The world sprang into action, finalizing a global agreement to phase out ODS. The Montreal Protocol, as it is called, was signed in 1987 and entered into force in 1989. Due to the swift international reaction, atmospheric concentrations of most ODS peaked in the late 20th century and have been declining since. However, for at least 50 years, the climate impacts of ODS were extensive, as the new study reveals.
Scientists at Columbia’s School of Engineering and Applied Science and the Lamont-Doherty Earth Observatory used climate models to understand the effects of ODS on Arctic climate. “We showed that ODS have affected the Arctic climate in a substantial way,” said Lamont-Doherty researcher Michael Previdi. The scientists reached their conclusion using two very different climate models that are widely employed by the scientific community, both developed at the U.S. National Center for Atmospheric Research.
The results highlight the importance of the Montreal Protocol, which has been signed by nearly 200 countries, say the authors. “Climate mitigation is in action as we speak because these substances are decreasing in the atmosphere, thanks to the Montreal Protocol,” said Lorenzo Polvani, lead author of the study and a professor in Columbia’s Department of Applied Physics and Applied Mathematics. “In the coming decades, they will contribute less and less to global warming. It’s a good-news story.”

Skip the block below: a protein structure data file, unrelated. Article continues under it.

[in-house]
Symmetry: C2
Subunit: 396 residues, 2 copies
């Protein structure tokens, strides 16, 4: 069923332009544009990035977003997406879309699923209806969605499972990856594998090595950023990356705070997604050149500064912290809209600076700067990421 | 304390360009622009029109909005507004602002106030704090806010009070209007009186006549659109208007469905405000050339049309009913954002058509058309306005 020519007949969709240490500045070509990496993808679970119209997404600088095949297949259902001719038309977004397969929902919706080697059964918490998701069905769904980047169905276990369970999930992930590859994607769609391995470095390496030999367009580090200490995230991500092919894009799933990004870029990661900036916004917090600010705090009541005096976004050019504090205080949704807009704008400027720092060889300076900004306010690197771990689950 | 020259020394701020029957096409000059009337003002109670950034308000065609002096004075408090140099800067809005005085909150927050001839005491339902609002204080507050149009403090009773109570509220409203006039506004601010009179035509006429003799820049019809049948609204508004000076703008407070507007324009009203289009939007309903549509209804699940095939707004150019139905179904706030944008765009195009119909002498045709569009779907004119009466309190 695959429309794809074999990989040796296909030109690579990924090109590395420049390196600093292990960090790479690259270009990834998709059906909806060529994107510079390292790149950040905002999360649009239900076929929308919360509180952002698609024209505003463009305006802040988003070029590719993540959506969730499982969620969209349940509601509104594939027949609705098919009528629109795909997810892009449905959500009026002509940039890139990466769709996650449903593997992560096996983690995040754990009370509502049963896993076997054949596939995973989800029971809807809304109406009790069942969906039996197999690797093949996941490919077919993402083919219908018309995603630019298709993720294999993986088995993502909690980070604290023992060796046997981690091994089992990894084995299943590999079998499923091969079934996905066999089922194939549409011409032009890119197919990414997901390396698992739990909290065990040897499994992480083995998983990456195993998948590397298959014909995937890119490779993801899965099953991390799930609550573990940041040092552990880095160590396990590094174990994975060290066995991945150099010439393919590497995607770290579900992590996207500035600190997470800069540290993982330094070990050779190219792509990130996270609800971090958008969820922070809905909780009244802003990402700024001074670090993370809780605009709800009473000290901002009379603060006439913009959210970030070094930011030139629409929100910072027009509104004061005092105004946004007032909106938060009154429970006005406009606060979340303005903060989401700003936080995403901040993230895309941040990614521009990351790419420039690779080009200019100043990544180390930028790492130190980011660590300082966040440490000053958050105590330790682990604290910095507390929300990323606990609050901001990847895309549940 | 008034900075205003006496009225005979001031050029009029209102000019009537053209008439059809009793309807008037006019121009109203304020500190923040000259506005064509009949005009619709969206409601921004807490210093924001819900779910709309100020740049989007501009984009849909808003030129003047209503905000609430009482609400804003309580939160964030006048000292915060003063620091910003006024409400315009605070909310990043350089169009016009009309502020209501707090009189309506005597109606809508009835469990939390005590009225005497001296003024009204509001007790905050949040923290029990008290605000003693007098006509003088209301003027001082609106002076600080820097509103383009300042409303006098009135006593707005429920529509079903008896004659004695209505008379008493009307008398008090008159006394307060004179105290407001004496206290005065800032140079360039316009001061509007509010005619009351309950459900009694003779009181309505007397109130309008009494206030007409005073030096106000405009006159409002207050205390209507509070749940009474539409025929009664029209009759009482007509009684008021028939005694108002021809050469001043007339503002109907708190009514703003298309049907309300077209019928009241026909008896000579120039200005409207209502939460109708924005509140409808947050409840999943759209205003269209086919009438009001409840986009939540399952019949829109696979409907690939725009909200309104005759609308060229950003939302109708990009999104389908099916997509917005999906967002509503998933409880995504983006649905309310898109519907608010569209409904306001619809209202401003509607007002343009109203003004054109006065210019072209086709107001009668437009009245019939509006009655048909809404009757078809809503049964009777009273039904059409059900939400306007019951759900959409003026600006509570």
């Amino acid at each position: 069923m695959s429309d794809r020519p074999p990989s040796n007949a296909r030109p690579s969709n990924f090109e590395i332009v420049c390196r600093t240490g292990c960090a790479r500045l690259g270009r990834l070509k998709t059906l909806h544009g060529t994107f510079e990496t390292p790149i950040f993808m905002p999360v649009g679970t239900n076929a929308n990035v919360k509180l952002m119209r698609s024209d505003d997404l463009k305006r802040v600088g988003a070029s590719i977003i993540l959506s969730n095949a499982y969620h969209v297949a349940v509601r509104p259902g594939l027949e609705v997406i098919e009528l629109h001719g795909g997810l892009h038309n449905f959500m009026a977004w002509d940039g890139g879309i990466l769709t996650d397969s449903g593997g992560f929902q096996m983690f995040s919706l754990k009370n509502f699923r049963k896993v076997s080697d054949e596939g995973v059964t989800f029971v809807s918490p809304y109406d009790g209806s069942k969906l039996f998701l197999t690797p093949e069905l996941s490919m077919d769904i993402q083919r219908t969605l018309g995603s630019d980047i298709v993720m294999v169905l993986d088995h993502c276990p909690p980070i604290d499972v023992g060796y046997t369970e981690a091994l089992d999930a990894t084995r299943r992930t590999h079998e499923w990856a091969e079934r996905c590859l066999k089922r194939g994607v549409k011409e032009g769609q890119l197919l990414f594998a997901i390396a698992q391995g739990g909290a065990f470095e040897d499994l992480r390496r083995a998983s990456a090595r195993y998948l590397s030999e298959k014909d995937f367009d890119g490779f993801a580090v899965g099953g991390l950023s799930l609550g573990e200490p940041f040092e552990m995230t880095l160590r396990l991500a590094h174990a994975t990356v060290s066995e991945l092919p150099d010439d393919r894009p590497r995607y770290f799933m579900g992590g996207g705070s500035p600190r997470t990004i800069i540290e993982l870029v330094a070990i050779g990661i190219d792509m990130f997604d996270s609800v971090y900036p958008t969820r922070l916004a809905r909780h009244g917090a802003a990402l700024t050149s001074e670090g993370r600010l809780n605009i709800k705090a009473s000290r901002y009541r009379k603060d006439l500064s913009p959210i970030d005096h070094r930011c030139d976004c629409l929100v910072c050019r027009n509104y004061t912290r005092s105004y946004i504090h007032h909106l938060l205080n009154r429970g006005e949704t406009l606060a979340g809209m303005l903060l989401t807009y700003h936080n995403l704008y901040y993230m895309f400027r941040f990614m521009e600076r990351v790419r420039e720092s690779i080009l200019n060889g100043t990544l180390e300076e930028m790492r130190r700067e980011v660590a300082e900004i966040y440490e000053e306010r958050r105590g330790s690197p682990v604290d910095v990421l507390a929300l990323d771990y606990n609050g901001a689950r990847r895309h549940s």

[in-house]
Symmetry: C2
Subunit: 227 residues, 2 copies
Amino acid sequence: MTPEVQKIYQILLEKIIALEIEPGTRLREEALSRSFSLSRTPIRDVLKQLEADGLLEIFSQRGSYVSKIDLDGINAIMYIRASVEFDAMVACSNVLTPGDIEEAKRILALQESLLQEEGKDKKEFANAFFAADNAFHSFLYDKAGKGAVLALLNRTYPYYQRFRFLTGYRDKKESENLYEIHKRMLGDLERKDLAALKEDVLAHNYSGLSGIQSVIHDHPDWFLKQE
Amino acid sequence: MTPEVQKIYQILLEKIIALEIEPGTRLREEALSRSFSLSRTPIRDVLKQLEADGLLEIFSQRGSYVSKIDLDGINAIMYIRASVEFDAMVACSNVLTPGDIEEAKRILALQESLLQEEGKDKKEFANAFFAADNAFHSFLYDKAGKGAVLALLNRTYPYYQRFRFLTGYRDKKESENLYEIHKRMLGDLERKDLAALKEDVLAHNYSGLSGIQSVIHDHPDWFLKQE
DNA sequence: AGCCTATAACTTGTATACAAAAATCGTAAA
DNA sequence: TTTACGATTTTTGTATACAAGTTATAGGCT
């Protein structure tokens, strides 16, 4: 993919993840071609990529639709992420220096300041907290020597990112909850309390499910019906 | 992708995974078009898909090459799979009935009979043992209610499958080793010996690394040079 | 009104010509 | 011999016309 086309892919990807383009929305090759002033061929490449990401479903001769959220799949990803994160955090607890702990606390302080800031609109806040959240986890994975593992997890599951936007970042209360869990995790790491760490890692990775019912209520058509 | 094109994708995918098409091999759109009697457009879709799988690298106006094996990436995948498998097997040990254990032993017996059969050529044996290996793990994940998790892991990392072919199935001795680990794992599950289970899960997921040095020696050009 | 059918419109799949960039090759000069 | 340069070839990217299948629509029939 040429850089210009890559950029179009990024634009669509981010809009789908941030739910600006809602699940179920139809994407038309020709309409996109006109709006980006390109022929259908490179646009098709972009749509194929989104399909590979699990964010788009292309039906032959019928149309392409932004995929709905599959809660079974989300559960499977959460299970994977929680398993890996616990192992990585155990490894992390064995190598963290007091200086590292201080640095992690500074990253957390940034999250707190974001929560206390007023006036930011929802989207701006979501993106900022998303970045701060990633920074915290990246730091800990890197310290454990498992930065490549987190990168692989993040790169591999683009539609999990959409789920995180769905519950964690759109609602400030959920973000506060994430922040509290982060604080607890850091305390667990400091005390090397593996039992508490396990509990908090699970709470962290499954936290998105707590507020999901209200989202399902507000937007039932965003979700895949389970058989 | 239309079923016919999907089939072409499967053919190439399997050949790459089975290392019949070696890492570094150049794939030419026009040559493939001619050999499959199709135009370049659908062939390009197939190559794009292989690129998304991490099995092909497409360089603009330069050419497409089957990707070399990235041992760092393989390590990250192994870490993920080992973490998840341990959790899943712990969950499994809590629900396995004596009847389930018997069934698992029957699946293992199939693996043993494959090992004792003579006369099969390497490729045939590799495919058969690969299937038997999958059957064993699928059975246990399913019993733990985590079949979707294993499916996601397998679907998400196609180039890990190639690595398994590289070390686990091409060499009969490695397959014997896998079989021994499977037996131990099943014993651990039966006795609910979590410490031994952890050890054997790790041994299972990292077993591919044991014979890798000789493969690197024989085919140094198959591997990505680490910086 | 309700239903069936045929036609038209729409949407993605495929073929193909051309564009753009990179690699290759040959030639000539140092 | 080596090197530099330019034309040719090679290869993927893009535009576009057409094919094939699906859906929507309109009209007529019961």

New research warns that the earth may be approaching key tipping points, including the runaway loss of ice sheets, that could fundamentally disrupt the global climate system. A growing concern is a change in ocean circulation, which could alter climate patterns in a profound way.
Some of the most alarming science surrounding climate change is the discovery that it may not happen incrementally — as a steadily rising line on a graph — but in a series of lurches as various “tipping points” are passed. And now comes a new concern: These tipping points can form a cascade, with each one triggering others, creating an irreversible shift to a hotter world. A new study suggests that changes to ocean circulation could be the driver of such a cascade.
A group of researchers, led by Tim Lenton at Exeter University, England, first warned in a landmark paper 11 years ago about the risk of climate tipping points. Back then, they thought the dangers would only arise when global warming exceeded 5 degrees Celsius (9 degrees Fahrenheit) above pre-industrial levels. But last week, Lenton and six co-authors argued in the journal Nature that the risks are now much more likely and much more imminent. Some tipping points, they said, may already have been breached at the current 1 degree C of warming.
The new warning is much starker than the forecasts of the Intergovernmental Panel on Climate Change, which critics say has until now played down the risks of exceeding climate tipping points, in part because they are difficult to quantify.